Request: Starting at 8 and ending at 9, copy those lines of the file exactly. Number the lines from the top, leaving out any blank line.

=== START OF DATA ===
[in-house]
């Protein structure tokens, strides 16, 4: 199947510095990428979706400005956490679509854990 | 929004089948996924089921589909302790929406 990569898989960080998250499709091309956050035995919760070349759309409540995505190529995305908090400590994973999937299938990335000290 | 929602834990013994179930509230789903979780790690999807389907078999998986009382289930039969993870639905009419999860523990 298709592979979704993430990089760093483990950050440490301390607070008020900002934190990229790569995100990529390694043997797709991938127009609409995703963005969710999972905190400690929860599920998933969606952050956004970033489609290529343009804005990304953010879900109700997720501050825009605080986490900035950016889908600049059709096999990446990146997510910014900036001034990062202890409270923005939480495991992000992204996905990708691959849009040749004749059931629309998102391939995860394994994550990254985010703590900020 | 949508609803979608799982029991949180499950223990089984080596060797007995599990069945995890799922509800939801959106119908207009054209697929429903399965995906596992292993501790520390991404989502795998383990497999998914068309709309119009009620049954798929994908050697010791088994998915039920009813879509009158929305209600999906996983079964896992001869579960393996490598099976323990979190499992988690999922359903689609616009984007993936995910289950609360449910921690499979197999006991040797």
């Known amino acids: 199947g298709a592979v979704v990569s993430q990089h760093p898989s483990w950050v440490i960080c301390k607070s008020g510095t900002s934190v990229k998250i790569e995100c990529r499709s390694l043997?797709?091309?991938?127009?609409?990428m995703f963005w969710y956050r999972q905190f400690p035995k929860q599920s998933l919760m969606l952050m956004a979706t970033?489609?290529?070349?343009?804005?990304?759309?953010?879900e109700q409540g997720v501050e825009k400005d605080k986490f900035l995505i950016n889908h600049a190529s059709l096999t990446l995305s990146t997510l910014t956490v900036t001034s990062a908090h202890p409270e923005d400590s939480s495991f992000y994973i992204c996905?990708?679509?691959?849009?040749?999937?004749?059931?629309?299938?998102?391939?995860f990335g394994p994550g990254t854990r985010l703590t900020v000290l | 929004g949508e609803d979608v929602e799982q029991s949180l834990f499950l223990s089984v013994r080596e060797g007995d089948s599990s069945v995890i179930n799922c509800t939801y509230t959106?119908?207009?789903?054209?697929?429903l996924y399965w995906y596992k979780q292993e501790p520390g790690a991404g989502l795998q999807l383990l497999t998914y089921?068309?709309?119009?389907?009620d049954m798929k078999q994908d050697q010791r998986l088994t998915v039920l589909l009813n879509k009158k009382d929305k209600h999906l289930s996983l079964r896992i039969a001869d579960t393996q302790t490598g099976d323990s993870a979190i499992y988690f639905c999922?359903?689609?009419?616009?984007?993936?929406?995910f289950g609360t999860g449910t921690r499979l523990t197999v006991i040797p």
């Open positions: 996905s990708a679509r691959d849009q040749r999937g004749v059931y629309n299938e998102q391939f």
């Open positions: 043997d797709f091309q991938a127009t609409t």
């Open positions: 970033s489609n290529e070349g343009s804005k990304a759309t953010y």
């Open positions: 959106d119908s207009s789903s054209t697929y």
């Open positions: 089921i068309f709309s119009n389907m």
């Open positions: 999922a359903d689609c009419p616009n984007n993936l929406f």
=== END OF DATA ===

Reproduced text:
């Open positions: 089921i068309f709309s119009n389907m």
């Open positions: 999922a359903d689609c009419p616009n984007n993936l929406f």